I know what you’ve been told, but it’s simply not true. It’s propaganda. GE crops aren’t really meant to save the world from hunger. They’re meant to make money for Monsanto, DuPont, Syngenta, et al. The seeds have to be purchased anew each year – a ridiculous thing to ask of a small rural farmer in a poor country (or any other farmer, for that matter), so that’s making life harder for them, not better. They have to increase the amount of pesticides they use on the crop, which is both more expensive and leads to exposure to toxic chemicals, causing health problems of all sorts, including lymphatic cancers and leukemia, not to mention the environmental damage caused by the same chemicals. And let’s not forget that GMOs also attack from the inside out, causing intestinal and digestive problems, neurological disorders in children who ingest them or whose mothers ingest them while pregnant, DNA damage and cancers, and the list goes on.

GMO crops often need more water than their non-GMO counterparts, largely because they’re meant to be high-yield, leading to wasteful water usage which contributes to the severity of droughts and pollutes more water. Since they’re high-yield, they also rapidly deplete the nutrients in the ground, and there’s no crop rotation to let the soil renew itself – you can’t plant anything else in the same spot because of the herbicides that are now in the soil. Malnutrition is, in fact, increased by using GE crops because of the way it causes massive declines in biodiversity, which is important not just for nature, but for our own diets and health.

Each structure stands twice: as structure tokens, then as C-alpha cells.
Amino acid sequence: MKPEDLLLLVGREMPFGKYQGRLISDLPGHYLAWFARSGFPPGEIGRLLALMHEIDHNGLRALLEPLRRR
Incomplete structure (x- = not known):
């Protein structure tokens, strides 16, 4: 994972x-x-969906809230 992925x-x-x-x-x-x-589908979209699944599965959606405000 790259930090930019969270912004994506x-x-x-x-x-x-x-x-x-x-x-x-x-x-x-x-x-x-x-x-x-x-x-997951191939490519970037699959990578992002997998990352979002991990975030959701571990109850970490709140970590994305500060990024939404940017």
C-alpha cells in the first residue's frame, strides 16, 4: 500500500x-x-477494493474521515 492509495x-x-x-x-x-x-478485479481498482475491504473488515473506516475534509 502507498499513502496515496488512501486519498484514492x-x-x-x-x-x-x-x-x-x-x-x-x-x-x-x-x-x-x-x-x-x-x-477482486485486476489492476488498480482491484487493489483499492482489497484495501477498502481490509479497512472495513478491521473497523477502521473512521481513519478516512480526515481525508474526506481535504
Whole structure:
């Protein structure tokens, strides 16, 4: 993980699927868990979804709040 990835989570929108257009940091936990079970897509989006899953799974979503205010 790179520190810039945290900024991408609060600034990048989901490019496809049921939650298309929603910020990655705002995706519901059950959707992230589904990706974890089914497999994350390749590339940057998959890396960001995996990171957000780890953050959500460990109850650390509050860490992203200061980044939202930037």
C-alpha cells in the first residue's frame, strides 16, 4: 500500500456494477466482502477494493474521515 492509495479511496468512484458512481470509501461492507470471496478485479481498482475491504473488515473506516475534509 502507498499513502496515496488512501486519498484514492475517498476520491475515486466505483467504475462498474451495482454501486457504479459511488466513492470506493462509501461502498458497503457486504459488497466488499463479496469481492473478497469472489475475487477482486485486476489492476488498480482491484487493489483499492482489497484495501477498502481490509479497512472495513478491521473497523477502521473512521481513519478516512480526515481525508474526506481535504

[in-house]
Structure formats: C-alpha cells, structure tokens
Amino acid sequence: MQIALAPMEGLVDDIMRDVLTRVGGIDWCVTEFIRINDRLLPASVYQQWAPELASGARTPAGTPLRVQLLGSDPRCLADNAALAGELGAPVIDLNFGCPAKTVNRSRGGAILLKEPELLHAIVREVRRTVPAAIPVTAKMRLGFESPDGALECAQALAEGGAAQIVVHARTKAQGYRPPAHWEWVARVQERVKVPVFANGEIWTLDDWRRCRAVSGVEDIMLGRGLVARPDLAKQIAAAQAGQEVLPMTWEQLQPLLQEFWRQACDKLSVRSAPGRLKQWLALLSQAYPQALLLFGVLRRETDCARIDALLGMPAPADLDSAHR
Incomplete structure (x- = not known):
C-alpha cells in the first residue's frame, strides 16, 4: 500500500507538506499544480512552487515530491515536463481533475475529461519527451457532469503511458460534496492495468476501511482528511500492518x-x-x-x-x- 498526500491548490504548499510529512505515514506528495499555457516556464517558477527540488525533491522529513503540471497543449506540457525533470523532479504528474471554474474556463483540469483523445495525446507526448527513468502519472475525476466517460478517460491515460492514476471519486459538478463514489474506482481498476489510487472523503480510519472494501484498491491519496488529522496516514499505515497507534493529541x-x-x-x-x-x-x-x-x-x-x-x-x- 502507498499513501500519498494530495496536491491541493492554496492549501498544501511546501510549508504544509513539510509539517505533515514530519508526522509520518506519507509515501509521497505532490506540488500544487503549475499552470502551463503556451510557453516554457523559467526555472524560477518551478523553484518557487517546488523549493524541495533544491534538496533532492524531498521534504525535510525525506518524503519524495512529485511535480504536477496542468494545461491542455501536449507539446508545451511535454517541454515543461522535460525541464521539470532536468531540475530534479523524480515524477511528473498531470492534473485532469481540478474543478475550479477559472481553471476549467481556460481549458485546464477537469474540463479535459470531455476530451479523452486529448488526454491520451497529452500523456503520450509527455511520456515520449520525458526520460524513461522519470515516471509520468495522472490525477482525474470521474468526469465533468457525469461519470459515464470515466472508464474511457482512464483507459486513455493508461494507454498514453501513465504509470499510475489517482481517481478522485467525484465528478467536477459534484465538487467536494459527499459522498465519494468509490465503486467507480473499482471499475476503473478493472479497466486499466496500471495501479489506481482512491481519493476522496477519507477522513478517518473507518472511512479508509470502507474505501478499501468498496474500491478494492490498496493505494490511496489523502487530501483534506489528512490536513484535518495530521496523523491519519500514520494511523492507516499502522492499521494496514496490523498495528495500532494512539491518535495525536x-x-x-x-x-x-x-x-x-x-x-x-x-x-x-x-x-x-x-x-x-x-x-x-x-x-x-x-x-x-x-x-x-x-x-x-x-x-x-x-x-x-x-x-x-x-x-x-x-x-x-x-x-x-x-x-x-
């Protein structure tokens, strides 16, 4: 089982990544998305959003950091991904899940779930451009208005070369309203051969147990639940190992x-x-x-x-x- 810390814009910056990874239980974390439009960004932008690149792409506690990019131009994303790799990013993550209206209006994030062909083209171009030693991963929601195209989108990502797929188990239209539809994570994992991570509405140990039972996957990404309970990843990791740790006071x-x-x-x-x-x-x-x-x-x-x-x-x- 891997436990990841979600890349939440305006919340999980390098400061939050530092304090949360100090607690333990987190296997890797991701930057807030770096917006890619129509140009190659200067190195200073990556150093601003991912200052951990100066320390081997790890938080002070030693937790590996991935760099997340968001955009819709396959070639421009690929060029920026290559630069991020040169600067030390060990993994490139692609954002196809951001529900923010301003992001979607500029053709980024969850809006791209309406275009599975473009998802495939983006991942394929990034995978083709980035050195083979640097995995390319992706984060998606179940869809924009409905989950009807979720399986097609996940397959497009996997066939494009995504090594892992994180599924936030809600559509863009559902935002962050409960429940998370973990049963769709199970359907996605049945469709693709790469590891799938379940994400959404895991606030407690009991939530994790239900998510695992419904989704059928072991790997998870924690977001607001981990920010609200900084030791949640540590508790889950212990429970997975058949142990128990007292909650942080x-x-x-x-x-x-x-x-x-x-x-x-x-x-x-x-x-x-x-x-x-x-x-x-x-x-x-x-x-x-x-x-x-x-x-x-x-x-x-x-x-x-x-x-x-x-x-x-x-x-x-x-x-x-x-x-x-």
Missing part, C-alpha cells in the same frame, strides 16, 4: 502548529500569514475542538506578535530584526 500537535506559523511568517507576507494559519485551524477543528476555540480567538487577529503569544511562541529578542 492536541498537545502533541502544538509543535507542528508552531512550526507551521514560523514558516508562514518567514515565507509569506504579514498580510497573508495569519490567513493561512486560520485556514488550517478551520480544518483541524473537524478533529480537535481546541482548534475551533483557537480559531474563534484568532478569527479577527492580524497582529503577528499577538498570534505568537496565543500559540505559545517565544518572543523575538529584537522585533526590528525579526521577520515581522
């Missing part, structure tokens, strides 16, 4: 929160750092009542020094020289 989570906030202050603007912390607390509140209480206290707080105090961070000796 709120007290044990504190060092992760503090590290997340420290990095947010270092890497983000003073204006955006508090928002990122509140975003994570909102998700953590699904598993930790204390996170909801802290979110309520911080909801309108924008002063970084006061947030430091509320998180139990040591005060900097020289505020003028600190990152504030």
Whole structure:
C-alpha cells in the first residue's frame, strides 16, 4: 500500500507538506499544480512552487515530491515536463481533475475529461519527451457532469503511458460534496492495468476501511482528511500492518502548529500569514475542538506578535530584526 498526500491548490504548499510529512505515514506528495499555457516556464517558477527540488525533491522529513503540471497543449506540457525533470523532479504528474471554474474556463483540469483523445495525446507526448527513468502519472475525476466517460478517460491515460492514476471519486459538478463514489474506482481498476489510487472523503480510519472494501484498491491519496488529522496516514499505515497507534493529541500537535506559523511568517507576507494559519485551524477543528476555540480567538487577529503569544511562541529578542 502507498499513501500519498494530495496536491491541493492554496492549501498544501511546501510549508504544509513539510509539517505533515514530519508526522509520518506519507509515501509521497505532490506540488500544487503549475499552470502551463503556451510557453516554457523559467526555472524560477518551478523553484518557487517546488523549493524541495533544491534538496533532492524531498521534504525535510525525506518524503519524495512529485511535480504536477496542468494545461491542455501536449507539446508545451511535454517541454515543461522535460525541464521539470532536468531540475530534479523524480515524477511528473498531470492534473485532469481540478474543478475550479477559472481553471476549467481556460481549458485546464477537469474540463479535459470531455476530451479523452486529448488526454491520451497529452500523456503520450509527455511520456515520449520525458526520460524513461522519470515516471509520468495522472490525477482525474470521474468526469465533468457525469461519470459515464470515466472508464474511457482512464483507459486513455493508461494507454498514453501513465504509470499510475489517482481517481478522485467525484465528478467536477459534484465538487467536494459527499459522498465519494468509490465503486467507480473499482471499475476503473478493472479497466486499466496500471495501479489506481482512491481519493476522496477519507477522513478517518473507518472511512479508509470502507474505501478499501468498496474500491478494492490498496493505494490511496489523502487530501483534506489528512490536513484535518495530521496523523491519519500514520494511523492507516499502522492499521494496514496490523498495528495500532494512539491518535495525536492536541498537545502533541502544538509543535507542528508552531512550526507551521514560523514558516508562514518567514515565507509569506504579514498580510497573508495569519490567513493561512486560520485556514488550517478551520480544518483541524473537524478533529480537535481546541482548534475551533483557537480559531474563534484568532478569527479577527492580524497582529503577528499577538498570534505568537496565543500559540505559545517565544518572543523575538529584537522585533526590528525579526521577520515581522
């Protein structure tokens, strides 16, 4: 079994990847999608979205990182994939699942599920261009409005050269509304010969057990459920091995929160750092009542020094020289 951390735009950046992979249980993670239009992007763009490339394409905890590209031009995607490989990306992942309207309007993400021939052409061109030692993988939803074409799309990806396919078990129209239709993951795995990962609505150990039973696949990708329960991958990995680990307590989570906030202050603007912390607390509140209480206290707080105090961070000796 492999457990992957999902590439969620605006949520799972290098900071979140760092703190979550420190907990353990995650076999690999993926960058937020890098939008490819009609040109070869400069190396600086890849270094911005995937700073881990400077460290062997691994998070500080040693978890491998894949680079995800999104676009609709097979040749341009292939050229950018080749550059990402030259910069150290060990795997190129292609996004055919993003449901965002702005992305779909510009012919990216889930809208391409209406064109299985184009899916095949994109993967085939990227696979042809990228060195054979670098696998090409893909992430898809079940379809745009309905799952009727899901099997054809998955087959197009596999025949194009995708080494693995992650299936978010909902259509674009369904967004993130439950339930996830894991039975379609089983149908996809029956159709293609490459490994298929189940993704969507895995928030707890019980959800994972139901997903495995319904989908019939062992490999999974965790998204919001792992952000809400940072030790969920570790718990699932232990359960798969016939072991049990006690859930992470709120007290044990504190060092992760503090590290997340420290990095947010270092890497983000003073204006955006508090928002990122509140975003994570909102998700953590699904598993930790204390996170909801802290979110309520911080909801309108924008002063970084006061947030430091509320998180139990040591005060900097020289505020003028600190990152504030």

Take the example of ‘Golden Rice,’ which was genetically modified to include more vitamin A, as well as to be high-yield and pesticide resistant. They said it was going to be the savior of southeast Asia, where there’s high incidence of blindness due to a common lack of vitamin A in the diets of many of the region’s poor, who eat a lot of rice because, well, that’s what they grow a lot of since it’s so cheap. There are a few problems with that plan. For starters, all the problems described in the previous paragraph apply, and there’s an important health risk to consider: if you eat a lot of rice, and not enough of other things, vitamin A isn’t the only thing you’re deficient in, so your problem isn’t really solved. Also, eating large quantities of vitamin A over a long period of time has been shown to lead to vitamin A toxicity.

Now step back and ask yourself how this is saving the world form hunger. Right. It’s not. It’s just not a great solution, to go from eating lots of regular rice to eating lots of vitamin A-fortified, pesticide-laden, environmentally destructive rice.

Alternatives